June 2nd, 2012
02:37 PM ET
(CNN) - President Obama enjoyed a short stroll Saturday in the Hyde Park neighborhood of Chicago after spending a rare night in his home there.
Senior adviser Valerie Jarrett joined Obama as they walked to the home of one of his friends, according to pool reporters traveling with the president. The two were closely tailed by a Secret Service agent, and police had closed off several blocks around the area.
As Obama walked past reporters he said, “Nice day, huh?” He also asked them if they’d spent any money in Chicago the night before.
When reporters asked the president if he’d made breakfast for himself at home, he replied, “No, I woke up too late.”
Obama is in Chicago following campaign events there and in Minneapolis on Friday. This is the first time Obama has spent the night at his Chicago home since April 2011.
Watch video of Obama's stroll here.
April 5th, 2012
10:02 PM ET
For the third year in a row, the White House is holding a conference focused on women but they insist politics has nothing to do with it.
The White House Council on Women and Girls is hosting the White House Forum on Women and the Economy where business leaders, education leaders, and Cabinet secretaries will discuss a gamut of issues from healthcare to workplace flexibility to help for small businesses run by women. President Obama will address the diverse group of participants when he gives the keynote remarks in the morning session.
There will also be breakout sessions where there will be further discussions on ways to help women's lives better through economic and social policy. Several Cabinet secretaries, like Attorney General Eric Holder and Labor Secretary Hilda Solis will lead panel discussions.
The White House will also be releasing a 55-page report on all the ways various departments and agencies have implemented policies to benefit women. Some examples of those initiatives are focusing on equal pay for women, affordable college education, tax cuts that benefit women, and healthcare policies, like the recent controversial coverage of contraceptives.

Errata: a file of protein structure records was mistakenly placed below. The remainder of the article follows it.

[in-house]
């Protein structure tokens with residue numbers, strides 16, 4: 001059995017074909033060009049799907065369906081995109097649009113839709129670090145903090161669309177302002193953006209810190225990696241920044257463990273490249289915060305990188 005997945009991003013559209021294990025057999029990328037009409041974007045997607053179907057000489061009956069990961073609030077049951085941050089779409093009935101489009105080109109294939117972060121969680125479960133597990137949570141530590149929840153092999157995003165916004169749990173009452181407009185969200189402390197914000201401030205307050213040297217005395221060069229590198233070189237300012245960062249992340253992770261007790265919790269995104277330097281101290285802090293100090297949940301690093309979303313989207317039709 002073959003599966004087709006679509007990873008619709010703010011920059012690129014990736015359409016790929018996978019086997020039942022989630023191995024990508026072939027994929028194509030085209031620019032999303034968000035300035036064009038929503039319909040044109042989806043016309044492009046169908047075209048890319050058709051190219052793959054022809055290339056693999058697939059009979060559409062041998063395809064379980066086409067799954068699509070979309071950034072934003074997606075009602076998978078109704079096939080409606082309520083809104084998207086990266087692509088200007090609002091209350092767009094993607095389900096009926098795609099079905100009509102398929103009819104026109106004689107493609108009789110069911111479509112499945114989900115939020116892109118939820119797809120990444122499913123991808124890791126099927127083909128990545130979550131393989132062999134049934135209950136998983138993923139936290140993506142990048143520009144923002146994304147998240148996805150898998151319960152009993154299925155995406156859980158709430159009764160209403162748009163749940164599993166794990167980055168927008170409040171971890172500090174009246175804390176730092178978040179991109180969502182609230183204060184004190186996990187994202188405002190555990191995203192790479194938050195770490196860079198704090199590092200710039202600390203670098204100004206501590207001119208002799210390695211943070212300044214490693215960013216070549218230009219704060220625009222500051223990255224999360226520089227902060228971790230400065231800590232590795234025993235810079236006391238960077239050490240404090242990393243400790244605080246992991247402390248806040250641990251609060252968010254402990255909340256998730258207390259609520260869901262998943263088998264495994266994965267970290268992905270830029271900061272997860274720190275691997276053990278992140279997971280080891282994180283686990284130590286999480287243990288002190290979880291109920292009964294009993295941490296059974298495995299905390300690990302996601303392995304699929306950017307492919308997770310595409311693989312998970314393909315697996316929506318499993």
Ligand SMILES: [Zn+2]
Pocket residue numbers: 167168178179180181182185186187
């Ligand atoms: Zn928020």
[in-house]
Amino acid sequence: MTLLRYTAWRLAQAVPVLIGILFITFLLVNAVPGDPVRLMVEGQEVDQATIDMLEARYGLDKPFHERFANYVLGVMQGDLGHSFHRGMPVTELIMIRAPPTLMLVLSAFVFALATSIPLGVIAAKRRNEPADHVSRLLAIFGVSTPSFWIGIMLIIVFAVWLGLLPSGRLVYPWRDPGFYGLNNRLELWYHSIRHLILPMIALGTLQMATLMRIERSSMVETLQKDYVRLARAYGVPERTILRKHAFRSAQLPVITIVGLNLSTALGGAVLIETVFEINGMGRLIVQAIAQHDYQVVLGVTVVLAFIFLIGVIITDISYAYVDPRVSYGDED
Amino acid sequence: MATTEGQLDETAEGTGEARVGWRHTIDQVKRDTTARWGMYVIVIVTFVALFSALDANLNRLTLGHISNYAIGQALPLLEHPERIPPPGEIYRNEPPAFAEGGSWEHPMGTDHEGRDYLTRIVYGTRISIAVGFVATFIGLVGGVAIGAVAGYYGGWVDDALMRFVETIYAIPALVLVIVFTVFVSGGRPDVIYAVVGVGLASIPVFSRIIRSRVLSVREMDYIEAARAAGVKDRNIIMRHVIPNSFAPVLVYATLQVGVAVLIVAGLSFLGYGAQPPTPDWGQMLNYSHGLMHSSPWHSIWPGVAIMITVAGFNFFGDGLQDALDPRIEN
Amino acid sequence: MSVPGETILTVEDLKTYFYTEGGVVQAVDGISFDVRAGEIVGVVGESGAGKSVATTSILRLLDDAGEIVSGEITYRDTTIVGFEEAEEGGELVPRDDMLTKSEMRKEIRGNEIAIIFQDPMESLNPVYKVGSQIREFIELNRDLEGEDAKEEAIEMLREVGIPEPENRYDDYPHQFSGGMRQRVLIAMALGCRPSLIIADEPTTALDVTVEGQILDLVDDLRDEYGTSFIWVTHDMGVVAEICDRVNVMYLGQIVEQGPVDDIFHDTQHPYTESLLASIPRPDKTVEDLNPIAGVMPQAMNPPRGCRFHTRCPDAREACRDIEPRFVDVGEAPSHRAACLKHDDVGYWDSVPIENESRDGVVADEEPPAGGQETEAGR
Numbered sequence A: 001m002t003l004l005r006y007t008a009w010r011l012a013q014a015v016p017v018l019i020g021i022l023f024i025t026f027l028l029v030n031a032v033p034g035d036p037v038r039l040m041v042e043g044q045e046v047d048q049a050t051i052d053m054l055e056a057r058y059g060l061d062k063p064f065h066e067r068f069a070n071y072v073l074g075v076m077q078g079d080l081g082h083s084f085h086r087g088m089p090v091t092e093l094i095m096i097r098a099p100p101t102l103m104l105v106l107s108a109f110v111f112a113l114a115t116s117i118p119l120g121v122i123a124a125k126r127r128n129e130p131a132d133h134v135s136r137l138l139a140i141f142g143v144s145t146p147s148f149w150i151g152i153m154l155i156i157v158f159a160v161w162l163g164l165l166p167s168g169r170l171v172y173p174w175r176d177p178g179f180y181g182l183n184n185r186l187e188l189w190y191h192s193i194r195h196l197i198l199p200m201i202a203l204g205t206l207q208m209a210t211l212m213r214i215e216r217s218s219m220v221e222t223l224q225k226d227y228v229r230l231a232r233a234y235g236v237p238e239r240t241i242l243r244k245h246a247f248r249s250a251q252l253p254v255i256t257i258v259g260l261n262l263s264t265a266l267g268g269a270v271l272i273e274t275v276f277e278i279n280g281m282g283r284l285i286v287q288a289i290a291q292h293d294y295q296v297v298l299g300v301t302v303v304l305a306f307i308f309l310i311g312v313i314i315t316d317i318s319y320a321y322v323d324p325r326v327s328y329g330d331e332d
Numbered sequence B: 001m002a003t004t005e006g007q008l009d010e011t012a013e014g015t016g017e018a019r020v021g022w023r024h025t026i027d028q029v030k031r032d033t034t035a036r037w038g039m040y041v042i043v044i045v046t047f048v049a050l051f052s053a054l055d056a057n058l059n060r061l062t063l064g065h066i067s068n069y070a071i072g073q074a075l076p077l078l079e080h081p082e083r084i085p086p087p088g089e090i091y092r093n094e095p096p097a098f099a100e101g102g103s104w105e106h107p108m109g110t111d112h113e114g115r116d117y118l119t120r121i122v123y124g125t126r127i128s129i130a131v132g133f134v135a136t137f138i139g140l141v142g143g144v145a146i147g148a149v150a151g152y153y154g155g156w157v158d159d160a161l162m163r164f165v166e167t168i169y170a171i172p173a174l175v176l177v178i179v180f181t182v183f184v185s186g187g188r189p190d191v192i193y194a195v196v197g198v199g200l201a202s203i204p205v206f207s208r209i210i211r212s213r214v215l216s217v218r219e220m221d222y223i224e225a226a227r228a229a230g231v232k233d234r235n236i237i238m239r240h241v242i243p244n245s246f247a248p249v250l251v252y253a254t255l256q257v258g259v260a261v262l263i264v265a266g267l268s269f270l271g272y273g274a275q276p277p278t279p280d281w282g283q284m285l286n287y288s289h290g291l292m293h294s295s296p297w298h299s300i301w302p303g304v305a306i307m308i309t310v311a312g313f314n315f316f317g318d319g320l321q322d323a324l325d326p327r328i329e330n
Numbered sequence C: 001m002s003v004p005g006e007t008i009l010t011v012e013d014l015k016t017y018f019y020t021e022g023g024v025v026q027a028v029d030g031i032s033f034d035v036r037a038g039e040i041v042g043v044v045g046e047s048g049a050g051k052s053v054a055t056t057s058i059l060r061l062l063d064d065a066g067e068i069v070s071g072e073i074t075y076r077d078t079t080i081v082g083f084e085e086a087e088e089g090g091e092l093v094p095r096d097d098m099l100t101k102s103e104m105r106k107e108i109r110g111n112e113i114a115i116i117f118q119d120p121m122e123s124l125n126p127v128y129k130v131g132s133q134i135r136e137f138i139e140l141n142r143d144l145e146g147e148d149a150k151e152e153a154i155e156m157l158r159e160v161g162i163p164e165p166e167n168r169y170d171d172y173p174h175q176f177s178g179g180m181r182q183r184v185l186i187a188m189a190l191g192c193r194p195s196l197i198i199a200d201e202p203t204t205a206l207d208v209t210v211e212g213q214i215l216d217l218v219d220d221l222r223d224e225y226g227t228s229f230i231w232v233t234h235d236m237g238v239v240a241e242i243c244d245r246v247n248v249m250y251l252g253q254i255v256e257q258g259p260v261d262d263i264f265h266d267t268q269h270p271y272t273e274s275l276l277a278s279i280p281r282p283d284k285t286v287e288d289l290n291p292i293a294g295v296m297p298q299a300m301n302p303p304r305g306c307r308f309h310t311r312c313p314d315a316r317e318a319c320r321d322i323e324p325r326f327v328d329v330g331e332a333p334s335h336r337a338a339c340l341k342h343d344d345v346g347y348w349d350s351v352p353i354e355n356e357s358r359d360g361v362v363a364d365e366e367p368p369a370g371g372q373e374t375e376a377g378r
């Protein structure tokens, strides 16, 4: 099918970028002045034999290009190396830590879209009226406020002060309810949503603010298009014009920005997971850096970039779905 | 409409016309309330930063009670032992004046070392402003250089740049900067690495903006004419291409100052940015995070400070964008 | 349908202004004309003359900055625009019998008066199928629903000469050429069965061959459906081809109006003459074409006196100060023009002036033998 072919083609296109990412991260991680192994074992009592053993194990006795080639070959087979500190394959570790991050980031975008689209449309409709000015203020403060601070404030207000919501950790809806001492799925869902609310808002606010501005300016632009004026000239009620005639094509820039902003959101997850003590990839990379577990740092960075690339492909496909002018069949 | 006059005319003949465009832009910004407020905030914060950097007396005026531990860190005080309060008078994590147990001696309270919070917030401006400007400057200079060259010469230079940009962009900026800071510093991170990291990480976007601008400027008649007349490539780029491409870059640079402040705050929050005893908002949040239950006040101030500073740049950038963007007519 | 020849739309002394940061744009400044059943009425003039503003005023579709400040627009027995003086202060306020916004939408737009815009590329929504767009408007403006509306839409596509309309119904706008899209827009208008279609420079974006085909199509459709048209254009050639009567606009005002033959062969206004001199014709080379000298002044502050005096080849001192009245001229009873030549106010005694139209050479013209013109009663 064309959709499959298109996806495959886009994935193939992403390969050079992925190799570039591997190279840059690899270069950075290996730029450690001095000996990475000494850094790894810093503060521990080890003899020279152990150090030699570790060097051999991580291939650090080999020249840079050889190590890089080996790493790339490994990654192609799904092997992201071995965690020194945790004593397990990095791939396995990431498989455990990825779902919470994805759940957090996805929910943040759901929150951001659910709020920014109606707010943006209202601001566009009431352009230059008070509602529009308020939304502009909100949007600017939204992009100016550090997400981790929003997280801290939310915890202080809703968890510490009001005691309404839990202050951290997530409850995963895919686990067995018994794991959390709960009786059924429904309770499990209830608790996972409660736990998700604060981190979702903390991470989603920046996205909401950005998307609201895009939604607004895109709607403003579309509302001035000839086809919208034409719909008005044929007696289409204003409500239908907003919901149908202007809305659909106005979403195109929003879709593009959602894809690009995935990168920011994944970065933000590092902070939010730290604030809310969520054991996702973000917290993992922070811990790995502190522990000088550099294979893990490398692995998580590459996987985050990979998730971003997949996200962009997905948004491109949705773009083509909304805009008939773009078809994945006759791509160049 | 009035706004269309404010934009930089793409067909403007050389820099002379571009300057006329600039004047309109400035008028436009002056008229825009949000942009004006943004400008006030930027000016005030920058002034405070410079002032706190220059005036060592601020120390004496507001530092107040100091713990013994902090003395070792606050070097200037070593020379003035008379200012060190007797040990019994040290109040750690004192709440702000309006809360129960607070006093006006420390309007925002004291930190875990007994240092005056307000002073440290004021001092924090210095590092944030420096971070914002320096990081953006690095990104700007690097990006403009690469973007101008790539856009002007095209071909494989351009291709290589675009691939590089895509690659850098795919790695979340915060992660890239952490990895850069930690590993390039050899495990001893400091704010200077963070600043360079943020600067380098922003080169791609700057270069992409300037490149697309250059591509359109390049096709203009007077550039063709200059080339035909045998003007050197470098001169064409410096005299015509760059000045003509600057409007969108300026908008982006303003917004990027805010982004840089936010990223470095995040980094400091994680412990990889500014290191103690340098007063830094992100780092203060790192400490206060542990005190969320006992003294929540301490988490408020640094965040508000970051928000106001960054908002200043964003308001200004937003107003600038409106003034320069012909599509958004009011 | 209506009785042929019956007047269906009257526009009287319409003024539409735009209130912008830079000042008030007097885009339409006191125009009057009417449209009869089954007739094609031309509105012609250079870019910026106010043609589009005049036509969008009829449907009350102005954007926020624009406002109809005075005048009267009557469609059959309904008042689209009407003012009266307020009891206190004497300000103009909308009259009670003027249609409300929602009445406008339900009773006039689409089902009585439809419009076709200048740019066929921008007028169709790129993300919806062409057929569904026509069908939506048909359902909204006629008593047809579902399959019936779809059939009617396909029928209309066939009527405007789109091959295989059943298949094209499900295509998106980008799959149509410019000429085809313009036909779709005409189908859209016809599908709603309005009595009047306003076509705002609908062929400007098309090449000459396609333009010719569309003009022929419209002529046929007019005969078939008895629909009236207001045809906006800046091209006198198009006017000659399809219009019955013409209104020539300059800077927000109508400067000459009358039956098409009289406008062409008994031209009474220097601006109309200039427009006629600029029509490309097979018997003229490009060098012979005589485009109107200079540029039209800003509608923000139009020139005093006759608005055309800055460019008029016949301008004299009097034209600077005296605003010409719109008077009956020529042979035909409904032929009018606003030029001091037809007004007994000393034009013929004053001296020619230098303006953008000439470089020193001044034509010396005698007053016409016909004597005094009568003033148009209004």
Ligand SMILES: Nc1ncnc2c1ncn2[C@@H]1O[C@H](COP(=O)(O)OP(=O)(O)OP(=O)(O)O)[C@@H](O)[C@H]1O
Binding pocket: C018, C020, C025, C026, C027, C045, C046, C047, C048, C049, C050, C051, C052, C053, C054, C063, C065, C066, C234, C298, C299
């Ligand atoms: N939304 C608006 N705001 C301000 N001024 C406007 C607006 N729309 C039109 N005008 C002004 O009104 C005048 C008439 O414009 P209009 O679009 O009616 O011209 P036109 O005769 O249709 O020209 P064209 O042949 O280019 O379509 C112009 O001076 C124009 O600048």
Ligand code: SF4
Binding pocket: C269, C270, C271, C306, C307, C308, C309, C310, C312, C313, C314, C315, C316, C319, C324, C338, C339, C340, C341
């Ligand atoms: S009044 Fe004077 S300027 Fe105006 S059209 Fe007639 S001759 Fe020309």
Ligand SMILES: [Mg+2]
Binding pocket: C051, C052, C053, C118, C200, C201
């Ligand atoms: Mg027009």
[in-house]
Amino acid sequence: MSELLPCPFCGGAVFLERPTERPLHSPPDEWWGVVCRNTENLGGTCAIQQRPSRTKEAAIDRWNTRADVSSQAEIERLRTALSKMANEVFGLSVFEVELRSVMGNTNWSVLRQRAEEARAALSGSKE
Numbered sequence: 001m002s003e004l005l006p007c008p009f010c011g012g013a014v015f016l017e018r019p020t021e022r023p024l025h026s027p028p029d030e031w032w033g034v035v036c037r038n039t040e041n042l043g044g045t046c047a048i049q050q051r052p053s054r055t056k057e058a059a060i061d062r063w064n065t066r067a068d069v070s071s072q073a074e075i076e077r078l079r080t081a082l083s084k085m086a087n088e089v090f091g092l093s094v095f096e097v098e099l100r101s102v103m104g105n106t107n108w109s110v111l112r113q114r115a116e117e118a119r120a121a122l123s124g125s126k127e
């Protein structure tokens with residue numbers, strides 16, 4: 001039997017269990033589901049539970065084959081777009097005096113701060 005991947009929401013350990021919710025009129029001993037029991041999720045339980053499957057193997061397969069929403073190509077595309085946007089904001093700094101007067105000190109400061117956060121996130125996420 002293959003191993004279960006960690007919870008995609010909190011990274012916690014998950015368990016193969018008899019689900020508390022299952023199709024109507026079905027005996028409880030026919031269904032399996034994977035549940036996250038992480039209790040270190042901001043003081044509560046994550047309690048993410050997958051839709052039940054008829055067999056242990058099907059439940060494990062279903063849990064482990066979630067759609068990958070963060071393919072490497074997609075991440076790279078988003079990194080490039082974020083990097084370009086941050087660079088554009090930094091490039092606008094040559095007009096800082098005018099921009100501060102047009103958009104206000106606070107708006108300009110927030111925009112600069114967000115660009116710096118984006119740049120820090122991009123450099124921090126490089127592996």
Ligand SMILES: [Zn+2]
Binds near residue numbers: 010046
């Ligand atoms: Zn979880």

A senior administration official says the president in interested in these topics and the work of the council because he "comes by it naturally." The president was raised by a single mother and also "he is married to a strong woman who juggled her career and her family and now has two wonderful daughters who he hopes will have the best and equal opportunities in life," the senior administration official added.
Critics say this conference is just part of the president's political plan to appeal to women in an election year. The White House insists this has been planned for months and is just part of his overall focus since he created the Council for Women and Girls in the beginning of his administration.
“So why are we focusing on small businesses with a Small Business Job Creation Act? Are we discriminating against big businesses?,” Jay responded. “We’re focusing on women because there are a number of issues that are important with regards to women in the economy, women’s safety, women in education, that are very distinct and important, and we’re proud to host the conference.”
March 1st, 2011
11:29 AM ET
WASHINGTON (CNN)--The earnings gap between men and women has narrowed but a new White House report shows that on average, women still only make about 75% as their male counterparts. The report released Tuesday shows that women have not only caught up with men in college attendance but in fact have surpassed them; yet those gains haven't translated in the pocketbook. Statistics also show women are more likely than men to live in poverty.
This is the first comprehensive look at women's status in American society in more than 50 years according to the Obama administration. Valerie Jarrett, White House counselor and chair of the White House Council on Women and Girls calls the report "a guidepost to help us move forward" and also says the data will affect future policy decisions. "I think it will inform a wide variety of different policy in programs that the federal government will either initiate or continue but it will be evidence based," Jarrett said on a conference call Tuesday with reporters. "[W]e'll look at those programs and how they fit together to improve the quality of lives of women as a whole rather than looking at it in a silo," she said. FULL POST